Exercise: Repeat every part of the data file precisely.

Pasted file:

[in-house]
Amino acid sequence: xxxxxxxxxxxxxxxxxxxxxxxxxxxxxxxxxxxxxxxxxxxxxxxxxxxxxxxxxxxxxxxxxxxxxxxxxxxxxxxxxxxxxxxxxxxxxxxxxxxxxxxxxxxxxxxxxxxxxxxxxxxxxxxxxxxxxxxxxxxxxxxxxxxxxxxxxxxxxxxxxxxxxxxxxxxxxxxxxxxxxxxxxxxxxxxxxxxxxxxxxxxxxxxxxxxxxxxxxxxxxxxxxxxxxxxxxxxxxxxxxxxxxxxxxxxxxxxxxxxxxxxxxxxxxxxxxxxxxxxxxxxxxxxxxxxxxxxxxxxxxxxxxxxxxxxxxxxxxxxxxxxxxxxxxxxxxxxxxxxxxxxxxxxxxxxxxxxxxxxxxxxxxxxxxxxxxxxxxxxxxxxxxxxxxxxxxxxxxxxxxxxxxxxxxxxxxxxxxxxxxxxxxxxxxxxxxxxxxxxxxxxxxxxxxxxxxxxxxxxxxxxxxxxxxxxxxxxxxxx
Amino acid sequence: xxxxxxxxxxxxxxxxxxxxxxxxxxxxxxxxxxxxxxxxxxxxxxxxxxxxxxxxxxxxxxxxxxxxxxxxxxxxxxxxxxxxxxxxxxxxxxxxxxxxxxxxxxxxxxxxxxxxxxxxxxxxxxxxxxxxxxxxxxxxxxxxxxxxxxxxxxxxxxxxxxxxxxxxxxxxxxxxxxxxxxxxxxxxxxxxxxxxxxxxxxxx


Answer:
[in-house]
Amino acid sequence: xxxxxxxxxxxxxxxxxxxxxxxxxxxxxxxxxxxxxxxxxxxxxxxxxxxxxxxxxxxxxxxxxxxxxxxxxxxxxxxxxxxxxxxxxxxxxxxxxxxxxxxxxxxxxxxxxxxxxxxxxxxxxxxxxxxxxxxxxxxxxxxxxxxxxxxxxxxxxxxxxxxxxxxxxxxxxxxxxxxxxxxxxxxxxxxxxxxxxxxxxxxxxxxxxxxxxxxxxxxxxxxxxxxxxxxxxxxxxxxxxxxxxxxxxxxxxxxxxxxxxxxxxxxxxxxxxxxxxxxxxxxxxxxxxxxxxxxxxxxxxxxxxxxxxxxxxxxxxxxxxxxxxxxxxxxxxxxxxxxxxxxxxxxxxxxxxxxxxxxxxxxxxxxxxxxxxxxxxxxxxxxxxxxxxxxxxxxxxxxxxxxxxxxxxxxxxxxxxxxxxxxxxxxxxxxxxxxxxxxxxxxxxxxxxxxxxxxxxxxxxxxxxxxxxxxxxxxxxxx
Amino acid sequence: xxxxxxxxxxxxxxxxxxxxxxxxxxxxxxxxxxxxxxxxxxxxxxxxxxxxxxxxxxxxxxxxxxxxxxxxxxxxxxxxxxxxxxxxxxxxxxxxxxxxxxxxxxxxxxxxxxxxxxxxxxxxxxxxxxxxxxxxxxxxxxxxxxxxxxxxxxxxxxxxxxxxxxxxxxxxxxxxxxxxxxxxxxxxxxxxxxxxxxxxxxxx